Functional Airspace Blocks: building a European Sky

Challenging simulations for a fabulous idea.

Back in 2004, as part of the implementation of the Single European Sky, the European Commission established the requirement for the creation of the Functional Airspace Blocks. EUROCONTROL Network Manager worked closely with all the Functional Airspace Blocks from a very early stage, even before their official establishment.

What is a Functional Airspace Block?

A Functional Airspace Block (FAB) is as an airspace block based on operational requirements and established regardless of state boundaries. It aims at creating a common airspace through which more efficient air navigation services are provided in a larger airspace. There are currently nine FABs established in Europe.

What are the benefits of FABs?

For airlines and their passengers the FABs are expected to deliver shorter and more efficient routes leading to savings of hundreds of millions of euros, millions of flown miles and tonnes of fuel. The air navigation service providers will be able to make better use of the available airspace by sharing more common cross-border sectors, managing more efficiently the military areas and, eventually, further reducing the air navigation costs.

Why is EUROCONTROL with its Experimental Centre involved in the FABs?

As these airspace blocks are by nature covering a large volume of airspace that includes a high number of control centres, EUROCONTROL, with its large and flexible world-class simulators, is a natural partner to conduct real-time simulations covering the vast geographical area of a FAB with civil and military actors, each with their own control system.

How did the Experimental Centre contribute to the FAB projects?

Over the past almost 20 years, EUROCONTROL invested considerable resources to assist the service providers with the establishment and design of functional airspace blocks. This materialised in the conduct of a series of impressive large-scale real-time simulations for DANUBE*, FABEC** and NEFAB*** FABs; some of those simulations included up to 6 civil and 2 military control centres, involving more than 60 air traffic controllers. The Experimental Centre strongly supported the creation of the CEATS****, later FAB CE*****, with the foundation of a dedicated research and simulation centre in Budapest, Hungary.  This centre was a replica of the EEC infrastructure and was subsequently taken over by HungaroControl.  It is still providing simulation services in support of FAB CE and regional projects in the area.

The fifth FAB that benefited from EUROCONTROL’s simulation services is BLUE MED******, with the setting up of a simulation centre in Rome (ENAV), initially supporting free flight operations in the Mediterranean area, later working for BLUE MED.

* DANUBE: Bulgaria and Romania

** FABEC: Europe Central – Belgium, France, Germany, Luxembourg, the Netherlands and Switzerland

*** NEFAB: North European FAB: Estonia, Finland, Latvia, Norway

**** CEATS: Central European Air Traffic Services

***** FABCE: FAB Central Europe: Czech Republic, Slovak Republic, Austria, Hungary, Croatia, Slovenia, Bosnia and Herzegovina

****** BLUE MED: Italy, Malta, Greece, Cyprus, (with Egypt, Tunisia, Albania, Jordan as observers)

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What is a Functional Airspace Block?

A Functional Airspace Block (FAB) is as an airspace block based on operational requirements and established regardless of state boundaries. It aims at creating a common airspace through which more efficient air navigation services are provided in a larger airspace. There are currently nine FABs established in Europe.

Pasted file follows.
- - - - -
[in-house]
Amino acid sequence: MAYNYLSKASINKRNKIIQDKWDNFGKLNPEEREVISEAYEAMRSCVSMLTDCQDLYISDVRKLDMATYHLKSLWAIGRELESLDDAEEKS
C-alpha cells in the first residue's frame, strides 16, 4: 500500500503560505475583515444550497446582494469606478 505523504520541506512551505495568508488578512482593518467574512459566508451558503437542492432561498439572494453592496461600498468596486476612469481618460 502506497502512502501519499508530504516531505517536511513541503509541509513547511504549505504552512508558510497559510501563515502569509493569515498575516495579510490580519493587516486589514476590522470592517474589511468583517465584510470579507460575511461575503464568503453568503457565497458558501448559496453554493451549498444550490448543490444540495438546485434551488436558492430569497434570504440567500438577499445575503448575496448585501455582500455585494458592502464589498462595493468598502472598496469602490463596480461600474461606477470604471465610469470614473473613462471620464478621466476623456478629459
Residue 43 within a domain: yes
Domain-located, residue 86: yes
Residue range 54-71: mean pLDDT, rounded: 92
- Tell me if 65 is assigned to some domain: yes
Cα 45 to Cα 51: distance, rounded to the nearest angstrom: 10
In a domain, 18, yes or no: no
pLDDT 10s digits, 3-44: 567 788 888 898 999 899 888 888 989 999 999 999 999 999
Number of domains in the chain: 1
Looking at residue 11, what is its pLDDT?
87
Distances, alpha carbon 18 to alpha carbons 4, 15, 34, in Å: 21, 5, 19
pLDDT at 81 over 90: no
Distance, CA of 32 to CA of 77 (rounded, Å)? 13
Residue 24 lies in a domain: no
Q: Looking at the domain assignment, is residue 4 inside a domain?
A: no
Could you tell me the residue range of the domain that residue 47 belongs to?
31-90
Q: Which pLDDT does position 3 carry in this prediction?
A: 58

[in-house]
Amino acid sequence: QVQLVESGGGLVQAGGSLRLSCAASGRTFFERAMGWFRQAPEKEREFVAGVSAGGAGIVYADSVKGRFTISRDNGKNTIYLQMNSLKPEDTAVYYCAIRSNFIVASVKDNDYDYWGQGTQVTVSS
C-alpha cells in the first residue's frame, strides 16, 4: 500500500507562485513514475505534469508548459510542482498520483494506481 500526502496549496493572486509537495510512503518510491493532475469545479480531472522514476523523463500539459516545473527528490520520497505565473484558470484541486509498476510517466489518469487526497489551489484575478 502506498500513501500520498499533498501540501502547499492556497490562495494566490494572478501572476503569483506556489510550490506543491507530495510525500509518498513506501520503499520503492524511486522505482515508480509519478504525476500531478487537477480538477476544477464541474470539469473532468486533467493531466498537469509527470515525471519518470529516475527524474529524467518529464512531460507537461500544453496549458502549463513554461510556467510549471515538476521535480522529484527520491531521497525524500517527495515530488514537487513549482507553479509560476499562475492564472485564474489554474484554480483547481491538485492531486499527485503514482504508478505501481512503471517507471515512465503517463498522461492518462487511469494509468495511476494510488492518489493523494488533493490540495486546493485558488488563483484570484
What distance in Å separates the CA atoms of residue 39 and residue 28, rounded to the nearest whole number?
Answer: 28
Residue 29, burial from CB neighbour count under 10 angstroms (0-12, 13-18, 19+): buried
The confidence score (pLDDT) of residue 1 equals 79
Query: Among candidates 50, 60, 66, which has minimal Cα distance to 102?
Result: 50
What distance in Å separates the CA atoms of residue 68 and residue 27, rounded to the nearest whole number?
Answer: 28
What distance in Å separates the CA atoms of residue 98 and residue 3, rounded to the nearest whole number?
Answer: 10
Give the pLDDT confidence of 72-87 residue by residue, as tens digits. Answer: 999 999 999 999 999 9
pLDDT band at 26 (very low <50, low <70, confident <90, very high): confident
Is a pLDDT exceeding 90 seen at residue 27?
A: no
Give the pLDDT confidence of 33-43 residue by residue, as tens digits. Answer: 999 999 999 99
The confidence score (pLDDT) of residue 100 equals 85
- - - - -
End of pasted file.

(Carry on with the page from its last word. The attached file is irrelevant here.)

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What are the benefits of FABs?

For airlines and their passengers the FABs are expected to deliver shorter and more efficient routes leading to savings of hundreds of millions of euros, millions of flown miles and tonnes of fuel. The air navigation service providers will be able to make better use of the available airspace by sharing more common cross-border sectors, managing more efficiently the military areas and, eventually, further reducing the air navigation costs.

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Why is EUROCONTROL with its Experimental Centre involved in the FABs?

As these airspace blocks are by nature covering a large volume of airspace that includes a high number of control centres, EUROCONTROL, with its large and flexible world-class simulators, is a natural partner to conduct real-time simulations covering the vast geographical area of a FAB with civil and military actors, each with their own control system.

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How did the Experimental Centre contribute to the FAB projects?

Over the past almost 20 years, EUROCONTROL invested considerable resources to assist the service providers with the establishment and design of functional airspace blocks. This materialised in the conduct of a series of impressive large-scale real-time simulations for DANUBE*, FABEC** and NEFAB*** FABs; some of those simulations included up to 6 civil and 2 military control centres, involving more than 60 air traffic controllers. The Experimental Centre strongly supported CEATS****, later FAB CE, with the creation of a dedicated research and simulation centre in Budapest, which replicated the EEC infrastructure.  This centre was subsequently taken over by HungaroControl and is still providing simulation services in support of FAB CE and regional projects in the area.

The fifth FAB that benefited from EUROCONTROL’s simulation services is BLUE MED*****, with the setting up of a simulation centre in Rome (ENAV), initially supporting free flight operations in the Mediterranean area, later working for BLUE MED.